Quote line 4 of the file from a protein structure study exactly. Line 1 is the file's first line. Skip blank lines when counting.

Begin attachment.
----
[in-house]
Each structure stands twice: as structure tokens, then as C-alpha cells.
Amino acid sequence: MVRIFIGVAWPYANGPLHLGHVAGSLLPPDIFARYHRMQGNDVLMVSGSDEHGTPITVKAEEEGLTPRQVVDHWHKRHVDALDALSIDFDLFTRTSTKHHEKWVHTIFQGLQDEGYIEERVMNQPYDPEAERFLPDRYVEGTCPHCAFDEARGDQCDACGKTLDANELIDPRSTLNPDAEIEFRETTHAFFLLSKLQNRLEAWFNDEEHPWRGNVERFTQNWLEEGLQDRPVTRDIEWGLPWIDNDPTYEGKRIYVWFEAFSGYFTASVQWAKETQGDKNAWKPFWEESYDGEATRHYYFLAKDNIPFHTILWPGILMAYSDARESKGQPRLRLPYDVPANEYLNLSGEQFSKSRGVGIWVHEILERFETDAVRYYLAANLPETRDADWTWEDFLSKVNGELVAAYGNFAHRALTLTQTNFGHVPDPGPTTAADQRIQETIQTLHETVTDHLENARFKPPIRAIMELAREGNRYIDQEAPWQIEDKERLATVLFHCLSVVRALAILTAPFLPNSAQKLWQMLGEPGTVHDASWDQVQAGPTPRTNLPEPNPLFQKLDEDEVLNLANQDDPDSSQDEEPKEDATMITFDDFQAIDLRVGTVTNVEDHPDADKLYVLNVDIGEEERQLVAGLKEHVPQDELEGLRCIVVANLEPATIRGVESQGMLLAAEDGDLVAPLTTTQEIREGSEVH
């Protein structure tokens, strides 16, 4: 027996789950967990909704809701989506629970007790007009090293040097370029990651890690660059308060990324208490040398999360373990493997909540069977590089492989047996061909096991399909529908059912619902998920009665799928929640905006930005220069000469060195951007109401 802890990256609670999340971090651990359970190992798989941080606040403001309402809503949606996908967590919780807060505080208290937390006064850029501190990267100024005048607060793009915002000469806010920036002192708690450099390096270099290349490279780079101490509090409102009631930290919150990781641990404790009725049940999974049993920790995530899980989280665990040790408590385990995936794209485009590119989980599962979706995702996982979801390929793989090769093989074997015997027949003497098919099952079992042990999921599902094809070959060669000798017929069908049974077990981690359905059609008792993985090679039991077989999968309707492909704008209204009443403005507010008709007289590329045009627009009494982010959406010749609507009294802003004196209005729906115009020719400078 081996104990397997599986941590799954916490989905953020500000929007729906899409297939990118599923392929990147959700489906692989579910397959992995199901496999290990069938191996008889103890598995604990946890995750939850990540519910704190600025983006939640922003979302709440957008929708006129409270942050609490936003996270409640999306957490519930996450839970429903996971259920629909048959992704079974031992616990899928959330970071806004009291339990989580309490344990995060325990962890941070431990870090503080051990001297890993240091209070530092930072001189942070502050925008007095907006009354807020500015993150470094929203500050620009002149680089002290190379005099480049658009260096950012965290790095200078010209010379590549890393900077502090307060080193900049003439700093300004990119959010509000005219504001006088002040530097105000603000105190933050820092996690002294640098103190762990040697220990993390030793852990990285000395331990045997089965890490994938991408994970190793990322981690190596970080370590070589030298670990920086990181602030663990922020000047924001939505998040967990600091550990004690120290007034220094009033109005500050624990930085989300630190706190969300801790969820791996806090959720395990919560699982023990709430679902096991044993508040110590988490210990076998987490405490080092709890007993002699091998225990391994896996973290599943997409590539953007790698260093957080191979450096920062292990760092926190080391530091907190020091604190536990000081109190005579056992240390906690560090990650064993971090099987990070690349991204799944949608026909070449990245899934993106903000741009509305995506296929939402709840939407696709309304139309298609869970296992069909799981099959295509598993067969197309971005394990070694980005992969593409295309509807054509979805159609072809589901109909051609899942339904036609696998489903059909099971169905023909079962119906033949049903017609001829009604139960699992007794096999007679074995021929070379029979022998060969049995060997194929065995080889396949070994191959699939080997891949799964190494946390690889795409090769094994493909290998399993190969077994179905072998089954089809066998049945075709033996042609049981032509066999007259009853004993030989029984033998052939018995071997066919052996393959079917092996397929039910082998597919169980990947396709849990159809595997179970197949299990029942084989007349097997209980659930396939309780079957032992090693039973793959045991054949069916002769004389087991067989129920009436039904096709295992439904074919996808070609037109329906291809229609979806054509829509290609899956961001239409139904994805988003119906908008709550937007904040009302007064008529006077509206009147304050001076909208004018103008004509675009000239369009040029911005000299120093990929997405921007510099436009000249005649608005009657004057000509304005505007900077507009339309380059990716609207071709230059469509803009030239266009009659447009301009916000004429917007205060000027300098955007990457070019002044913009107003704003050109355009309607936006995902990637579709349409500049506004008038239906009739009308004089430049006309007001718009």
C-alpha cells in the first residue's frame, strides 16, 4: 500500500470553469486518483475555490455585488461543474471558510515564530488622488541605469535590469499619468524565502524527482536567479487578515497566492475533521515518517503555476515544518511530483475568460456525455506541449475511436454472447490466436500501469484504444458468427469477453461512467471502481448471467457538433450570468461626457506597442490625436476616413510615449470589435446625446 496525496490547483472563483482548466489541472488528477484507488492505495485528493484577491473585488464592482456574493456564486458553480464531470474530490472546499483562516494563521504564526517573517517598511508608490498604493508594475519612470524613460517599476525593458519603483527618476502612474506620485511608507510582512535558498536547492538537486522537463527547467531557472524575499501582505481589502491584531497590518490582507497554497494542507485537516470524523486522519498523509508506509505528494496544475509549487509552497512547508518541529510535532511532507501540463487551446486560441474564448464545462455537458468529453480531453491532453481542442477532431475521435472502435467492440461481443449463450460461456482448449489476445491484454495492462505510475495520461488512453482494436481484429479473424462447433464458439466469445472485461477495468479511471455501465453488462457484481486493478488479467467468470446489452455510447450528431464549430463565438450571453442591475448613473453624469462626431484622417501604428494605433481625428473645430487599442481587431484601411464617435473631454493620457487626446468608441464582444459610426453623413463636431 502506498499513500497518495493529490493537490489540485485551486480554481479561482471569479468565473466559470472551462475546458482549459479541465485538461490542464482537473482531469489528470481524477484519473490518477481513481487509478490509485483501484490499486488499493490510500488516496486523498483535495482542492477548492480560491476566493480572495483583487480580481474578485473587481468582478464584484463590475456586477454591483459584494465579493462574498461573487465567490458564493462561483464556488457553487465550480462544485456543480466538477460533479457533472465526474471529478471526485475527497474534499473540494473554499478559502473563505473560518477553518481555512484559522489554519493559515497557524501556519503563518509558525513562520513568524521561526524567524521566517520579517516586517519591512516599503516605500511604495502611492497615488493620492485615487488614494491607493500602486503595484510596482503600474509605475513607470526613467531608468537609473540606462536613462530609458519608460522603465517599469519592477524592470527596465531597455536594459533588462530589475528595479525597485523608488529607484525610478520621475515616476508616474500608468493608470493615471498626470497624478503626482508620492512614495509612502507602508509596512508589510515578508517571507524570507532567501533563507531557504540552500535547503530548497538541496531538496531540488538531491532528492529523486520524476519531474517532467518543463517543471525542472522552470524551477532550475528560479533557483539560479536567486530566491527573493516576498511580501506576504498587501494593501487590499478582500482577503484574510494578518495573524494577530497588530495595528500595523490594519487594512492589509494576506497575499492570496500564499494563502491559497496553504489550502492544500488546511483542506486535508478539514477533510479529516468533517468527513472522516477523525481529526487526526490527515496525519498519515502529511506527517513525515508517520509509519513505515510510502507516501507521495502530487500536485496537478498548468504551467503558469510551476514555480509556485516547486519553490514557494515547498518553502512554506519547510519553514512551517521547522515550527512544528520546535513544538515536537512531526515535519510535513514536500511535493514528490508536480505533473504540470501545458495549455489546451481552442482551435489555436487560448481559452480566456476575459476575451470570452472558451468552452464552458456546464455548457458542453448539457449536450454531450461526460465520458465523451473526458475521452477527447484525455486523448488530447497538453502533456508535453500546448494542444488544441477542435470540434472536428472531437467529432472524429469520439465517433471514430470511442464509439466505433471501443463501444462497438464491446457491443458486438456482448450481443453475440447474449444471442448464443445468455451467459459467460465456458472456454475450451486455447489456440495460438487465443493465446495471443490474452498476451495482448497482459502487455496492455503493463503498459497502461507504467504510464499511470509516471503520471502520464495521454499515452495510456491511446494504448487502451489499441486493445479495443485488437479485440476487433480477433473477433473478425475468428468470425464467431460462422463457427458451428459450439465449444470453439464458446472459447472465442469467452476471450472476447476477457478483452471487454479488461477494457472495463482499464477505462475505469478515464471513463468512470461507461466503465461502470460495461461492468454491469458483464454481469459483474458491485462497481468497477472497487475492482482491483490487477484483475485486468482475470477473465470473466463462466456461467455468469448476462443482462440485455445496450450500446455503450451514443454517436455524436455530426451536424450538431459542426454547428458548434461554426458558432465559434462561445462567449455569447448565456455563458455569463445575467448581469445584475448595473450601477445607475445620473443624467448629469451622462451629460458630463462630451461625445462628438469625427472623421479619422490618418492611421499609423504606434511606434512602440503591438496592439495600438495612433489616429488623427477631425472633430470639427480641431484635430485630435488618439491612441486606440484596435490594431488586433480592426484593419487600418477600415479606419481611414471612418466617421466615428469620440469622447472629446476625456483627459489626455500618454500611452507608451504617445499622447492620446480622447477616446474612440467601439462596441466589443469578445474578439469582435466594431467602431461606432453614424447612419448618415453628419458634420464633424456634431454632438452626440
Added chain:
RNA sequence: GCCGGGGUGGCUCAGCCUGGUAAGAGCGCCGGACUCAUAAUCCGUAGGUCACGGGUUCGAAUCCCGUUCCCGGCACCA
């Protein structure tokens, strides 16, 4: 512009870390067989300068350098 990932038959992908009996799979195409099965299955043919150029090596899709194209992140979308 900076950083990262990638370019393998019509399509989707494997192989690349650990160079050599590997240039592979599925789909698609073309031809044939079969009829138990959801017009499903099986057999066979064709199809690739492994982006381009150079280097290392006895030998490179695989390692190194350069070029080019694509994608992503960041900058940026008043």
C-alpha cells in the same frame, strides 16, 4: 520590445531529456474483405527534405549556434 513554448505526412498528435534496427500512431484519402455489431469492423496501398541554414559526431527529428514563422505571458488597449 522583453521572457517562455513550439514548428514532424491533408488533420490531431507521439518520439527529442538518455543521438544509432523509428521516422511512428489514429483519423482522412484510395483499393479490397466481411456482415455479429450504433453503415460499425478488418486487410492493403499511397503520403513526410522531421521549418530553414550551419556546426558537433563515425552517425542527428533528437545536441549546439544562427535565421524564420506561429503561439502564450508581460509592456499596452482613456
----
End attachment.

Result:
């Protein structure tokens, strides 16, 4: 027996789950967990909704809701989506629970007790007009090293040097370029990651890690660059308060990324208490040398999360373990493997909540069977590089492989047996061909096991399909529908059912619902998920009665799928929640905006930005220069000469060195951007109401 802890990256609670999340971090651990359970190992798989941080606040403001309402809503949606996908967590919780807060505080208290937390006064850029501190990267100024005048607060793009915002000469806010920036002192708690450099390096270099290349490279780079101490509090409102009631930290919150990781641990404790009725049940999974049993920790995530899980989280665990040790408590385990995936794209485009590119989980599962979706995702996982979801390929793989090769093989074997015997027949003497098919099952079992042990999921599902094809070959060669000798017929069908049974077990981690359905059609008792993985090679039991077989999968309707492909704008209204009443403005507010008709007289590329045009627009009494982010959406010749609507009294802003004196209005729906115009020719400078 081996104990397997599986941590799954916490989905953020500000929007729906899409297939990118599923392929990147959700489906692989579910397959992995199901496999290990069938191996008889103890598995604990946890995750939850990540519910704190600025983006939640922003979302709440957008929708006129409270942050609490936003996270409640999306957490519930996450839970429903996971259920629909048959992704079974031992616990899928959330970071806004009291339990989580309490344990995060325990962890941070431990870090503080051990001297890993240091209070530092930072001189942070502050925008007095907006009354807020500015993150470094929203500050620009002149680089002290190379005099480049658009260096950012965290790095200078010209010379590549890393900077502090307060080193900049003439700093300004990119959010509000005219504001006088002040530097105000603000105190933050820092996690002294640098103190762990040697220990993390030793852990990285000395331990045997089965890490994938991408994970190793990322981690190596970080370590070589030298670990920086990181602030663990922020000047924001939505998040967990600091550990004690120290007034220094009033109005500050624990930085989300630190706190969300801790969820791996806090959720395990919560699982023990709430679902096991044993508040110590988490210990076998987490405490080092709890007993002699091998225990391994896996973290599943997409590539953007790698260093957080191979450096920062292990760092926190080391530091907190020091604190536990000081109190005579056992240390906690560090990650064993971090099987990070690349991204799944949608026909070449990245899934993106903000741009509305995506296929939402709840939407696709309304139309298609869970296992069909799981099959295509598993067969197309971005394990070694980005992969593409295309509807054509979805159609072809589901109909051609899942339904036609696998489903059909099971169905023909079962119906033949049903017609001829009604139960699992007794096999007679074995021929070379029979022998060969049995060997194929065995080889396949070994191959699939080997891949799964190494946390690889795409090769094994493909290998399993190969077994179905072998089954089809066998049945075709033996042609049981032509066999007259009853004993030989029984033998052939018995071997066919052996393959079917092996397929039910082998597919169980990947396709849990159809595997179970197949299990029942084989007349097997209980659930396939309780079957032992090693039973793959045991054949069916002769004389087991067989129920009436039904096709295992439904074919996808070609037109329906291809229609979806054509829509290609899956961001239409139904994805988003119906908008709550937007904040009302007064008529006077509206009147304050001076909208004018103008004509675009000239369009040029911005000299120093990929997405921007510099436009000249005649608005009657004057000509304005505007900077507009339309380059990716609207071709230059469509803009030239266009009659447009301009916000004429917007205060000027300098955007990457070019002044913009107003704003050109355009309607936006995902990637579709349409500049506004008038239906009739009308004089430049006309007001718009």